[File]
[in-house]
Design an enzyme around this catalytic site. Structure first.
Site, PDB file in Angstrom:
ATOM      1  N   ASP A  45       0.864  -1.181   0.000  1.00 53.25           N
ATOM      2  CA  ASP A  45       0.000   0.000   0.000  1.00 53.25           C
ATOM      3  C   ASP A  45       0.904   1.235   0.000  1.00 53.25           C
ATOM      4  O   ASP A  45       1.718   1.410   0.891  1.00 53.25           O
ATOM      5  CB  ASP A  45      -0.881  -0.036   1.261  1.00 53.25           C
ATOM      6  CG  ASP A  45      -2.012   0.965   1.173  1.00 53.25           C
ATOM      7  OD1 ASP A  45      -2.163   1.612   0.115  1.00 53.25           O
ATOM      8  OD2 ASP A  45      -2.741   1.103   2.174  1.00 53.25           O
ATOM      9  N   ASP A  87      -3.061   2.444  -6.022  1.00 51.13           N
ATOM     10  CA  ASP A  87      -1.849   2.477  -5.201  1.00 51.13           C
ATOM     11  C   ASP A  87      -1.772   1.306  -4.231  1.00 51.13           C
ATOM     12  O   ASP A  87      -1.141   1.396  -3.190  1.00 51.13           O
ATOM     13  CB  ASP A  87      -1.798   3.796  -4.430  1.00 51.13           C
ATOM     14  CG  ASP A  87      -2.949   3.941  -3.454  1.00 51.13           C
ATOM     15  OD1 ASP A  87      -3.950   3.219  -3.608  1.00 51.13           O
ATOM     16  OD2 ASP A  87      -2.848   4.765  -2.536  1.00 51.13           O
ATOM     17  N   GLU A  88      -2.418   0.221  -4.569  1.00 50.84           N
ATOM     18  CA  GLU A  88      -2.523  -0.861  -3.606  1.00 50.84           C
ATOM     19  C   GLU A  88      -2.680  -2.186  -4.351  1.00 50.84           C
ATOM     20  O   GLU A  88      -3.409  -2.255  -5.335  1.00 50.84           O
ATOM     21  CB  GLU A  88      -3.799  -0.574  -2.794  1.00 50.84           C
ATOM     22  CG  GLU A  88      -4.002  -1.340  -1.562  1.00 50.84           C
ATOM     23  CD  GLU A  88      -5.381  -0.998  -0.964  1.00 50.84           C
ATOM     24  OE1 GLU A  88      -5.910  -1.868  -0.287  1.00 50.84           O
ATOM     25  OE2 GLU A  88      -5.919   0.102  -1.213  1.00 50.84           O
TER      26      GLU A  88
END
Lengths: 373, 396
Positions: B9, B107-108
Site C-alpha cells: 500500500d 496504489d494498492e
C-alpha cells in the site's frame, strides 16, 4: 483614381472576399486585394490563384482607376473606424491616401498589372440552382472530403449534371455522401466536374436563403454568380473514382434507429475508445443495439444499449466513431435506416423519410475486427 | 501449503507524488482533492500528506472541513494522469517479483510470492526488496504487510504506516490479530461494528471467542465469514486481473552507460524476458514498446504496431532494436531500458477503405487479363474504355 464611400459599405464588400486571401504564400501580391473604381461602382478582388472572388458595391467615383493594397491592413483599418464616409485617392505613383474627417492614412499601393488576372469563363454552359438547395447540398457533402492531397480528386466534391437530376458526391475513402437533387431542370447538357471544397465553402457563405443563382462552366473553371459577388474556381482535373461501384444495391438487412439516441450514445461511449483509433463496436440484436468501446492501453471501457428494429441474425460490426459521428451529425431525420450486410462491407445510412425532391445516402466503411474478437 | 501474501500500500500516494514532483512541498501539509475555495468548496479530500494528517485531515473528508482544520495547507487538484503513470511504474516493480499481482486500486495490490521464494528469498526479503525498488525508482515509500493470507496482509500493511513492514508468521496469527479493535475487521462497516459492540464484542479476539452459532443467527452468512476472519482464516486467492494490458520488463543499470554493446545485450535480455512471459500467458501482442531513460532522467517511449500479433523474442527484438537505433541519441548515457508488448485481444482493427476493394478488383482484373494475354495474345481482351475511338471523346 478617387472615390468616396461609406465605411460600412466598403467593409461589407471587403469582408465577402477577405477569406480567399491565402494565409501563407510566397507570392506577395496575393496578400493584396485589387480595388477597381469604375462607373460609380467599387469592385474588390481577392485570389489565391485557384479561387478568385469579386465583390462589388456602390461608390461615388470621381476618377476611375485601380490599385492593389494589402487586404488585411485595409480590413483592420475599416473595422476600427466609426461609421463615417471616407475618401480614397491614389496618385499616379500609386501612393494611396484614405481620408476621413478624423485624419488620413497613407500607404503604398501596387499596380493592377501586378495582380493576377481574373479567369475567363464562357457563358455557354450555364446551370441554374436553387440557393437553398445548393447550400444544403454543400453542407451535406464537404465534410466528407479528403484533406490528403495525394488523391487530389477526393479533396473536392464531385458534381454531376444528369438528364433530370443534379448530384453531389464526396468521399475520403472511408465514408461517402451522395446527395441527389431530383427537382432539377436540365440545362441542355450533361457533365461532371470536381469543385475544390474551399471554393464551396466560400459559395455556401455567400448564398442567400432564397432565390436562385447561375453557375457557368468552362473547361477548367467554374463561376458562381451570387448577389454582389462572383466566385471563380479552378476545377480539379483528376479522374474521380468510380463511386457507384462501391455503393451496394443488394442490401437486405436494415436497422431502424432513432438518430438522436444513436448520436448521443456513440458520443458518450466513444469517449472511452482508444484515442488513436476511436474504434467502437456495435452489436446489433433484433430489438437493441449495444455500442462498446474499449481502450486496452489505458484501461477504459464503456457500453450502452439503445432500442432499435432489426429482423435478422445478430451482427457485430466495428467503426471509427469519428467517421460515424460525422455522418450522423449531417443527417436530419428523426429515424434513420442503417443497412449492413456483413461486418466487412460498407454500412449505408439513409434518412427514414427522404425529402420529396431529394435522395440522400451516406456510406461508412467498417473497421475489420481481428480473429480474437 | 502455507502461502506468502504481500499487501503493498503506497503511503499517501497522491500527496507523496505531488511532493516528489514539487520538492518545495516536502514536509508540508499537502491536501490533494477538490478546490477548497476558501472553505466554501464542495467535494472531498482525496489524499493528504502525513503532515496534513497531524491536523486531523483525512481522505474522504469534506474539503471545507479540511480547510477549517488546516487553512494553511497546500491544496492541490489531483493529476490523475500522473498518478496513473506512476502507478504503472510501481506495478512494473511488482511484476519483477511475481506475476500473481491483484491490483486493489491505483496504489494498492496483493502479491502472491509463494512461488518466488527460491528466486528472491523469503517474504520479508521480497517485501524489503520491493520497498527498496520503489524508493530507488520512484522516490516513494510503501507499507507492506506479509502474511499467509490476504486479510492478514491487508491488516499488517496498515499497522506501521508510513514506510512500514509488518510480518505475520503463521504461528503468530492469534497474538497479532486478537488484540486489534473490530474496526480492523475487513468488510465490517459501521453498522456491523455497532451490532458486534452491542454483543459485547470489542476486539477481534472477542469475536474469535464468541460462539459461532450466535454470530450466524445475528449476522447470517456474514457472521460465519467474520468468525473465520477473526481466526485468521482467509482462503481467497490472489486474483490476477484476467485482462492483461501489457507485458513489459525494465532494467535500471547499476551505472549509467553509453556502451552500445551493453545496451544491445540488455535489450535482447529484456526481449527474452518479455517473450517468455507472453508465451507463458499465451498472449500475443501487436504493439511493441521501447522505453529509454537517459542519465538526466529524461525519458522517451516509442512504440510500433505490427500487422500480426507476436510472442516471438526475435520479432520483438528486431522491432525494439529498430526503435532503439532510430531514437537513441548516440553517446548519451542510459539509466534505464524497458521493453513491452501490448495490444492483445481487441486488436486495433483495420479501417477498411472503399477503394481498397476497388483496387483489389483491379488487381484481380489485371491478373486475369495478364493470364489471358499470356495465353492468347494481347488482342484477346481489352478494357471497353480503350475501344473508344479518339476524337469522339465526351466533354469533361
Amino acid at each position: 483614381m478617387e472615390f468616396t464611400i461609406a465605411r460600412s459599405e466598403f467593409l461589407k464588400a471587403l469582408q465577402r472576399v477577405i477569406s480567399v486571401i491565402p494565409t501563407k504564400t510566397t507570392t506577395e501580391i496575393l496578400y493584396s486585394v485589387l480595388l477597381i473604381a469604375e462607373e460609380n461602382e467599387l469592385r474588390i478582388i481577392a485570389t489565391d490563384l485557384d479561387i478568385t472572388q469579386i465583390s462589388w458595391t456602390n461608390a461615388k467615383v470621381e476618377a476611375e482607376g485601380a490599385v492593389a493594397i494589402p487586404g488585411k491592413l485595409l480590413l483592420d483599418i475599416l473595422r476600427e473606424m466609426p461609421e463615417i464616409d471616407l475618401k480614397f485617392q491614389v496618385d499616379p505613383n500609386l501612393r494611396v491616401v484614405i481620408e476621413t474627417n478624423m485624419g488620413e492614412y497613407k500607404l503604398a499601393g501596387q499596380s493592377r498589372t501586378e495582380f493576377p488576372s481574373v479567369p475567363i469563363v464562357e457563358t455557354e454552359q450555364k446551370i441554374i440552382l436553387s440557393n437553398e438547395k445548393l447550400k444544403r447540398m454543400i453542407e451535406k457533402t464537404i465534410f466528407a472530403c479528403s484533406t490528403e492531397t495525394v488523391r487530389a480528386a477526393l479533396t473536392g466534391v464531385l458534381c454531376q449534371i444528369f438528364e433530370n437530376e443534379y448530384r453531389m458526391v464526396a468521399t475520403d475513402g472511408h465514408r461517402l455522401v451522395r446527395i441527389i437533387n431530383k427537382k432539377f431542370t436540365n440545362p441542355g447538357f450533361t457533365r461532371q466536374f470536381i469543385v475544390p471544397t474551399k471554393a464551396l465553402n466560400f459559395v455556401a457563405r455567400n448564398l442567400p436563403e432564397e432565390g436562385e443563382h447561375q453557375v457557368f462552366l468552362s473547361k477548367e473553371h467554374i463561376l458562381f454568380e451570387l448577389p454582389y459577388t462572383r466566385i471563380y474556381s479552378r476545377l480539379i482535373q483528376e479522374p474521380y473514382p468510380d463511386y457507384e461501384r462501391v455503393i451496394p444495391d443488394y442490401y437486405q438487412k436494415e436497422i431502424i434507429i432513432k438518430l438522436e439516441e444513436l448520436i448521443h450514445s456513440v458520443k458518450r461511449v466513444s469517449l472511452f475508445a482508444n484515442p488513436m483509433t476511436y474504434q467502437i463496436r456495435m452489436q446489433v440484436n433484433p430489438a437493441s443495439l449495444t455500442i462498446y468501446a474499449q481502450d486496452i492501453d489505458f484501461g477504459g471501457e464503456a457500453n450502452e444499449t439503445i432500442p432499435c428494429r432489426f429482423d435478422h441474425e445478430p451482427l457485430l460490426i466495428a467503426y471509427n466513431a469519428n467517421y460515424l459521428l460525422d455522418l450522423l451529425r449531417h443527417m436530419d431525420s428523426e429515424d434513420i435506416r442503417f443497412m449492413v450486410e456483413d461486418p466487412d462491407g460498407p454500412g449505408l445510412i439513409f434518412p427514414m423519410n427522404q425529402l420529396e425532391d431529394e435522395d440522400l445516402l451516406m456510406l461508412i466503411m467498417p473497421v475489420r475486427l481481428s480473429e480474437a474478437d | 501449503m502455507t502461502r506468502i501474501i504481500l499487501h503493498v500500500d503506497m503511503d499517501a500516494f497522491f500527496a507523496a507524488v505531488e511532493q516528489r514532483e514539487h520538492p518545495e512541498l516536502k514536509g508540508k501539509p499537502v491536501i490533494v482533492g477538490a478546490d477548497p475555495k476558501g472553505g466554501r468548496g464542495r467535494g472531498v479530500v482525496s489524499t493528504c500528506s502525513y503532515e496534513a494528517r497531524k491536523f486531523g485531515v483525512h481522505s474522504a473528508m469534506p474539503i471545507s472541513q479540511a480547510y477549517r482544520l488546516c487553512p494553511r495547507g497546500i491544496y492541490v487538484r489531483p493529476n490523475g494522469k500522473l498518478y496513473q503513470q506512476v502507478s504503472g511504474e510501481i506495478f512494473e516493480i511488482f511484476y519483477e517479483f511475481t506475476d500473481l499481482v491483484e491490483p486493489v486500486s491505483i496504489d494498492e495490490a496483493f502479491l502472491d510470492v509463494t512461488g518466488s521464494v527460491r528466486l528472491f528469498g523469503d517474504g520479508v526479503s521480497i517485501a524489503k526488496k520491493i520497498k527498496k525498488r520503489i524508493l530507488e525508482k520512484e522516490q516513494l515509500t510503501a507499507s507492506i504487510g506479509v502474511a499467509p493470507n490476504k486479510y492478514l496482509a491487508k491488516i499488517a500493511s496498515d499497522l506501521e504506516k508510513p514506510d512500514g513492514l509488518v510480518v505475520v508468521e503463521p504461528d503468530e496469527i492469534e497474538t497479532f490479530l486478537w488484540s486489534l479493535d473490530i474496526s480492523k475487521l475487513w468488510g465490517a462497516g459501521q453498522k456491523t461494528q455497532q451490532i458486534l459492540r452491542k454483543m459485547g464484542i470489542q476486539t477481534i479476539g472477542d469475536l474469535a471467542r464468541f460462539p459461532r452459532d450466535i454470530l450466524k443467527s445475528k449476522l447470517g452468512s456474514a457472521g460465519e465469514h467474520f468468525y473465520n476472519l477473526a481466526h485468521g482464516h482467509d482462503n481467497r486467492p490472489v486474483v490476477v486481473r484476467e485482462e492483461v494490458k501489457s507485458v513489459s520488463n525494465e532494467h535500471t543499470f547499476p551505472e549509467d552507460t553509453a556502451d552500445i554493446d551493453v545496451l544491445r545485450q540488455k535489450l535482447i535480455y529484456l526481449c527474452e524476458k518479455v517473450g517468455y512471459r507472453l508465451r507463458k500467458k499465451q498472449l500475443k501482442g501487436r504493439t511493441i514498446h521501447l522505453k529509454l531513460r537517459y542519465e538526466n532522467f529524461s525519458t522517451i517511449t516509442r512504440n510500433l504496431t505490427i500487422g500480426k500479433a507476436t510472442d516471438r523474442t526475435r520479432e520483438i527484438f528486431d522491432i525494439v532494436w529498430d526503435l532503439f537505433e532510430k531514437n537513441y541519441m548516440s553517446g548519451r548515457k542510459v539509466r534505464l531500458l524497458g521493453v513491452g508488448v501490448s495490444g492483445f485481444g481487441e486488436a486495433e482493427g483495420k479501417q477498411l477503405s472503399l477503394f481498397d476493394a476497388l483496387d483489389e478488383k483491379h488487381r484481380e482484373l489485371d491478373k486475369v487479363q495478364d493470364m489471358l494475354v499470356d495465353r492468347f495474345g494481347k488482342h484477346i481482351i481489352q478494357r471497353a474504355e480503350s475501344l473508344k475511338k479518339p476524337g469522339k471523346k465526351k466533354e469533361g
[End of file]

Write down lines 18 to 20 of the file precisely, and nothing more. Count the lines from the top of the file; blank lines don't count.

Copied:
ATOM     15  OD1 ASP A  87      -3.950   3.219  -3.608  1.00 51.13           O
ATOM     16  OD2 ASP A  87      -2.848   4.765  -2.536  1.00 51.13           O
ATOM     17  N   GLU A  88      -2.418   0.221  -4.569  1.00 50.84           N